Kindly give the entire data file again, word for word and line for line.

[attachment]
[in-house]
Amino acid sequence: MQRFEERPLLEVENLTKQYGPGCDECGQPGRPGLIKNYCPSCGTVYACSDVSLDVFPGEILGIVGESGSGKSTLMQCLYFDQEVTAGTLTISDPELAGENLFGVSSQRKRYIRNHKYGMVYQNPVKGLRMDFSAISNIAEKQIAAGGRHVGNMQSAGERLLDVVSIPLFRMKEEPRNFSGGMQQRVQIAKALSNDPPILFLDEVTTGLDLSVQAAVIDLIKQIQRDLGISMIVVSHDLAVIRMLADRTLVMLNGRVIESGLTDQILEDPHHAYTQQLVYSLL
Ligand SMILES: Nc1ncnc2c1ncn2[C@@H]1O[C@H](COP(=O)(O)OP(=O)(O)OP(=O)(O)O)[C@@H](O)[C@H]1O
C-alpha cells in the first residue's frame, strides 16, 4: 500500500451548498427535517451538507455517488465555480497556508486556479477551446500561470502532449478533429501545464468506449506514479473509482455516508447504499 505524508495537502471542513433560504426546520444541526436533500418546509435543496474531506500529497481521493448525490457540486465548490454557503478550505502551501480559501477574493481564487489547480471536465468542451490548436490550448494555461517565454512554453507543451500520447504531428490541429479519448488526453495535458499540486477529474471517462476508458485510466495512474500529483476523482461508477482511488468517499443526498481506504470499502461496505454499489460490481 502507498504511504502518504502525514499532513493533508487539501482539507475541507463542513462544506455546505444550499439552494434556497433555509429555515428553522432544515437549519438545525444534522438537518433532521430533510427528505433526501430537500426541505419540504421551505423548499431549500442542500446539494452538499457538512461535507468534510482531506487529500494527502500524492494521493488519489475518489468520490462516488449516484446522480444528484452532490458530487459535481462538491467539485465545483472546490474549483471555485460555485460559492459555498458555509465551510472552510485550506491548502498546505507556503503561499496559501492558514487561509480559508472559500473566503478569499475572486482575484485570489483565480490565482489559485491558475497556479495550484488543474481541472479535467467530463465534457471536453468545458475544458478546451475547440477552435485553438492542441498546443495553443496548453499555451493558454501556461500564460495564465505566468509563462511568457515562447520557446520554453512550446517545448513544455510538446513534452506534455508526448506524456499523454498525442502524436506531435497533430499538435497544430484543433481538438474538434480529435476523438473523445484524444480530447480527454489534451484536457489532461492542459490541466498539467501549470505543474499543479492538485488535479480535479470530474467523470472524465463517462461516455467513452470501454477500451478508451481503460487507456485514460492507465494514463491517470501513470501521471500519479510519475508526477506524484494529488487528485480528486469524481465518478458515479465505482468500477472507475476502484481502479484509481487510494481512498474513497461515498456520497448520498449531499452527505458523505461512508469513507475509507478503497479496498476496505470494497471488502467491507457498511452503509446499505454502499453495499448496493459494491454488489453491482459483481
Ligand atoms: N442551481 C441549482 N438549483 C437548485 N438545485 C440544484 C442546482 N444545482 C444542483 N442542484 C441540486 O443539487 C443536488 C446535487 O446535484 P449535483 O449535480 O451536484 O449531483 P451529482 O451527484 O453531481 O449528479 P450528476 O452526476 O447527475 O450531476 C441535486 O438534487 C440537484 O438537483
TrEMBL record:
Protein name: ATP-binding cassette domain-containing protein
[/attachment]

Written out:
[in-house]
Amino acid sequence: MQRFEERPLLEVENLTKQYGPGCDECGQPGRPGLIKNYCPSCGTVYACSDVSLDVFPGEILGIVGESGSGKSTLMQCLYFDQEVTAGTLTISDPELAGENLFGVSSQRKRYIRNHKYGMVYQNPVKGLRMDFSAISNIAEKQIAAGGRHVGNMQSAGERLLDVVSIPLFRMKEEPRNFSGGMQQRVQIAKALSNDPPILFLDEVTTGLDLSVQAAVIDLIKQIQRDLGISMIVVSHDLAVIRMLADRTLVMLNGRVIESGLTDQILEDPHHAYTQQLVYSLL
Ligand SMILES: Nc1ncnc2c1ncn2[C@@H]1O[C@H](COP(=O)(O)OP(=O)(O)OP(=O)(O)O)[C@@H](O)[C@H]1O
C-alpha cells in the first residue's frame, strides 16, 4: 500500500451548498427535517451538507455517488465555480497556508486556479477551446500561470502532449478533429501545464468506449506514479473509482455516508447504499 505524508495537502471542513433560504426546520444541526436533500418546509435543496474531506500529497481521493448525490457540486465548490454557503478550505502551501480559501477574493481564487489547480471536465468542451490548436490550448494555461517565454512554453507543451500520447504531428490541429479519448488526453495535458499540486477529474471517462476508458485510466495512474500529483476523482461508477482511488468517499443526498481506504470499502461496505454499489460490481 502507498504511504502518504502525514499532513493533508487539501482539507475541507463542513462544506455546505444550499439552494434556497433555509429555515428553522432544515437549519438545525444534522438537518433532521430533510427528505433526501430537500426541505419540504421551505423548499431549500442542500446539494452538499457538512461535507468534510482531506487529500494527502500524492494521493488519489475518489468520490462516488449516484446522480444528484452532490458530487459535481462538491467539485465545483472546490474549483471555485460555485460559492459555498458555509465551510472552510485550506491548502498546505507556503503561499496559501492558514487561509480559508472559500473566503478569499475572486482575484485570489483565480490565482489559485491558475497556479495550484488543474481541472479535467467530463465534457471536453468545458475544458478546451475547440477552435485553438492542441498546443495553443496548453499555451493558454501556461500564460495564465505566468509563462511568457515562447520557446520554453512550446517545448513544455510538446513534452506534455508526448506524456499523454498525442502524436506531435497533430499538435497544430484543433481538438474538434480529435476523438473523445484524444480530447480527454489534451484536457489532461492542459490541466498539467501549470505543474499543479492538485488535479480535479470530474467523470472524465463517462461516455467513452470501454477500451478508451481503460487507456485514460492507465494514463491517470501513470501521471500519479510519475508526477506524484494529488487528485480528486469524481465518478458515479465505482468500477472507475476502484481502479484509481487510494481512498474513497461515498456520497448520498449531499452527505458523505461512508469513507475509507478503497479496498476496505470494497471488502467491507457498511452503509446499505454502499453495499448496493459494491454488489453491482459483481
Ligand atoms: N442551481 C441549482 N438549483 C437548485 N438545485 C440544484 C442546482 N444545482 C444542483 N442542484 C441540486 O443539487 C443536488 C446535487 O446535484 P449535483 O449535480 O451536484 O449531483 P451529482 O451527484 O453531481 O449528479 P450528476 O452526476 O447527475 O450531476 C441535486 O438534487 C440537484 O438537483
TrEMBL record:
Protein name: ATP-binding cassette domain-containing protein